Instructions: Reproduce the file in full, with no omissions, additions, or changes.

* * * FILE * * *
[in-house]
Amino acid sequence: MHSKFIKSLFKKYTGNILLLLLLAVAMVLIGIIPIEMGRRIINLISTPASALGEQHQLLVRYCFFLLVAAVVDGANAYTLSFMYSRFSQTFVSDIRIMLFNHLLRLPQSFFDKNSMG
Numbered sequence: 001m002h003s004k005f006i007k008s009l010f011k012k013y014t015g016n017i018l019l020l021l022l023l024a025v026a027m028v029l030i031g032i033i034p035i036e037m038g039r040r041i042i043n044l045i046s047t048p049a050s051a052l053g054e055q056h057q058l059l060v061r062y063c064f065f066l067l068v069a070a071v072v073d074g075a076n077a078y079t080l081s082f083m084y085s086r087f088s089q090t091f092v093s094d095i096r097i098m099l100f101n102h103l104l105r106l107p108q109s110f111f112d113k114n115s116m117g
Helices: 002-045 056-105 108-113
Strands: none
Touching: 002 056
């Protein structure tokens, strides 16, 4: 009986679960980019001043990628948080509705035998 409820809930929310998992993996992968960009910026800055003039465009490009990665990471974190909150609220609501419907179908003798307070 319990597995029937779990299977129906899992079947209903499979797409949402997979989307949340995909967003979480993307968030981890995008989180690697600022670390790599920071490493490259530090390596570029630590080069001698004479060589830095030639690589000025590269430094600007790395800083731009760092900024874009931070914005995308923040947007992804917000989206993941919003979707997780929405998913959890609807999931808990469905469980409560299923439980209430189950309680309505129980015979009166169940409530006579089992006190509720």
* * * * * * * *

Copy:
[in-house]
Amino acid sequence: MHSKFIKSLFKKYTGNILLLLLLAVAMVLIGIIPIEMGRRIINLISTPASALGEQHQLLVRYCFFLLVAAVVDGANAYTLSFMYSRFSQTFVSDIRIMLFNHLLRLPQSFFDKNSMG
Numbered sequence: 001m002h003s004k005f006i007k008s009l010f011k012k013y014t015g016n017i018l019l020l021l022l023l024a025v026a027m028v029l030i031g032i033i034p035i036e037m038g039r040r041i042i043n044l045i046s047t048p049a050s051a052l053g054e055q056h057q058l059l060v061r062y063c064f065f066l067l068v069a070a071v072v073d074g075a076n077a078y079t080l081s082f083m084y085s086r087f088s089q090t091f092v093s094d095i096r097i098m099l100f101n102h103l104l105r106l107p108q109s110f111f112d113k114n115s116m117g
Helices: 002-045 056-105 108-113
Strands: none
Touching: 002 056
């Protein structure tokens, strides 16, 4: 009986679960980019001043990628948080509705035998 409820809930929310998992993996992968960009910026800055003039465009490009990665990471974190909150609220609501419907179908003798307070 319990597995029937779990299977129906899992079947209903499979797409949402997979989307949340995909967003979480993307968030981890995008989180690697600022670390790599920071490493490259530090390596570029630590080069001698004479060589830095030639690589000025590269430094600007790395800083731009760092900024874009931070914005995308923040947007992804917000989206993941919003979707997780929405998913959890609807999931808990469905469980409560299923439980209430189950309680309505129980015979009166169940409530006579089992006190509720």